Our Wife (1941)

Passed  |   |  Comedy  |  20 August 1941 (USA)
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Ratings: 6.4/10 from 90 users  
Reviews: 4 user | 2 critic

Jerry Marvin, a talented musician and composer, wallows in drunken self-pity after he is divorced by his wife Babe. Along comes new love Susan, who rescues Jerry and provides him with fresh... See full summary »



(screenplay), (play), 1 more credit »
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Cast overview:
John Hubbard ...
Harvey Stephens ...
Theresa Harris ...


Jerry Marvin, a talented musician and composer, wallows in drunken self-pity after he is divorced by his wife Babe. Along comes new love Susan, who rescues Jerry and provides him with fresh inspiration to complete his trumpet concerto. He performs it, it's a hit, and the jubilant Jerry and Susan plan to marry. There's just one hitch: Now Babe wants him back... and the unscrupulous ex-wife will stop at nothing to recapture her man. Written by Dan Navarro <daneldorado@yahoo.com>

Plot Summary | Add Synopsis

Plot Keywords:

based on play | See All (1) »




Passed | See all certifications »




Release Date:

20 August 1941 (USA)  »

Also Known As:

Une femme de trop  »

Company Credits

Show detailed on  »

Technical Specs


Sound Mix:

(Western Electric Mirrophonic Recording)

Aspect Ratio:

1.37 : 1
See  »

Did You Know?


(1933). Stage Play: Our Wife. Comedy. Written by Lyon Mearson and Lillian Day. Directed by Edward C. Lilley. Booth Theatre: 2 Mar 1933- Mar 1933 (closing date unknown/20 performances). Cast: Miriam Battista, Humphrey Bogart (as "Jerry Marvin"), Michelette Burani, Rose Hobart, Raymond O'Brien, Edward Raquello, Juan Varro, June Walker. Produced by Thomas J.R. Brotherton and Abe H. Halle. Note: Filmed by Columbia Pictures as Our Wife (1941). See more »


Jerome 'Jerry' Marvin: My wallet... I've been robbed!
Professor Susan Drake: Don't you dare call us thieves.
Jerome 'Jerry' Marvin: I didn't call you thieves.
Professor Susan Drake: You looked at us and shouted "I've been robbed". Willy nilly, you called us thieves.
Jerome 'Jerry' Marvin: I didn't.
Professor Susan Drake: We're willing to pay your fare to Havana and back to Cristobal.
Jerome 'Jerry' Marvin: Look, sister; I've paid my own way ever since I was six. Before that I sponged a little on my father and mother - and I've never quite forgiven myself. The thought of it sometimes drives me to drink.
See more »


Concerto for Trumpet
Music by Leo Shuken
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User Reviews

The wife who came to dinner...
6 April 2013 | by (United States) – See all my reviews

...or, rather, The Wife Who Came to Reclaim Her Husband. "Our Wife" was released in 1941 and stars Melvyn Douglas, Ruth Hussey, Ellen Drew, and Charles Coburn. Douglas plays a composer, Jerry Marvin, who meets Susan Drake (Hussey) while she's on a ship with her father (Coburn) and brother Tom (John Hubbard). Finding Jerry drunk during one of the tourist stops and seeing him heading away from the boat, Susan and her family escort him back to the ship. However, someone has taken his cabin, and they find out it's because he was supposed to have disembarked. And, since all the cabins are taken, they're stuck with him. Despite his anger -- he was en route to a job -- they all become great friends.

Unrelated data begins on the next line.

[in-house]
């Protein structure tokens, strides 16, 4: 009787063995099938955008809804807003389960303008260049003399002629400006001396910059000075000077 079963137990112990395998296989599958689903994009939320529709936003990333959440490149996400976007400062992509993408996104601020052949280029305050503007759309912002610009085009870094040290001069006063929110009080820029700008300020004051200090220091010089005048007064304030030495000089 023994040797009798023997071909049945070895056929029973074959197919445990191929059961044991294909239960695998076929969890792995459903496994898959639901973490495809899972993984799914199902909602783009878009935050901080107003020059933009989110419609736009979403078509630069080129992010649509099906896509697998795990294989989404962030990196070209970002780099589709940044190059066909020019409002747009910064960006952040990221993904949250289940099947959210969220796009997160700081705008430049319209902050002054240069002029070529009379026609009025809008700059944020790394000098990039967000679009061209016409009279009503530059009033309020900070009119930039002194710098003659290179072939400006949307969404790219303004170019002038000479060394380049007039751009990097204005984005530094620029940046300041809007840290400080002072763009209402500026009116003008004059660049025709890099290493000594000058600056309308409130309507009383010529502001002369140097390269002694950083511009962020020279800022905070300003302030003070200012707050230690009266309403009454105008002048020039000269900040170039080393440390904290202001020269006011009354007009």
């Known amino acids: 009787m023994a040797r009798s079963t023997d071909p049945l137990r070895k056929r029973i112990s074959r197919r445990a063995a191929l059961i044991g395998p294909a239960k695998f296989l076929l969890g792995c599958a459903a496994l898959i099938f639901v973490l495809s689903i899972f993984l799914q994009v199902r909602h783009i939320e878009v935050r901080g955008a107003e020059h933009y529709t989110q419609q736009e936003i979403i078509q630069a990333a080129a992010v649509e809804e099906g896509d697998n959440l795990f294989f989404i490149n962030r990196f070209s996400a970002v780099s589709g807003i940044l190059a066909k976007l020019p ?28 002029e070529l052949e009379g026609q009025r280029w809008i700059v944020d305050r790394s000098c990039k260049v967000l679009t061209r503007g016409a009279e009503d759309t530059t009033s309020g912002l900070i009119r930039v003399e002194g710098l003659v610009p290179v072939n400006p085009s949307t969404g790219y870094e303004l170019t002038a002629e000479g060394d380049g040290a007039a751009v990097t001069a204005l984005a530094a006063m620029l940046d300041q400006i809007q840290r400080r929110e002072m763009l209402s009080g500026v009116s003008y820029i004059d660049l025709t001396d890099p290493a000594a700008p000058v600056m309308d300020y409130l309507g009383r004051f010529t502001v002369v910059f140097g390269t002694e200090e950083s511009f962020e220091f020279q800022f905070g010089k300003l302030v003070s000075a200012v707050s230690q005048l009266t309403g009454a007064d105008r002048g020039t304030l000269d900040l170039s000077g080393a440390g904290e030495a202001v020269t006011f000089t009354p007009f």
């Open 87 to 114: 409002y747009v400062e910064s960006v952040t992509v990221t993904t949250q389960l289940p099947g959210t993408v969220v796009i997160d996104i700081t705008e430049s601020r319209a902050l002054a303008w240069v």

Jerry turns his house in Westchester over to the family for the summer, but when he gets to his job, he finds out it's not what he wants, and he returns home to do some composing. But he wants the family to continue staying in the house. By then, he and Susan have fallen for one another.

Then Jerry's wife Babe (Drew), from whom his divorce becomes final in three months, shows up. Partly to get rid of her and partly because he's in love with Susan, he introduces Susan as his fiancé. Babe promptly manages to slip on the stairs and claims she can't walk. And it could take months for her to recover. Maybe a trip with Jerry to Hot Springs, Georgia will help her. Susan, meanwhile, is positive that Babe is faking and is determined to prove it. She soon learns that she will need to have the wiles of a snake in order to do it.

Directed by John Stahl, this is an amusing comedy rather than a hilarious one. The performances really make it, with the always relaxed and charming Douglas, the beautiful Drew, and the dry-witted Hussey all turning in very good performances. Charles Coburn is great as Susan and Tom's father.

I could have really done without the very end of the film, which seemed very silly. Otherwise, it was pleasant and well done for what it was. But it could have been a lot more.

4 of 5 people found this review helpful.  Was this review helpful to you?

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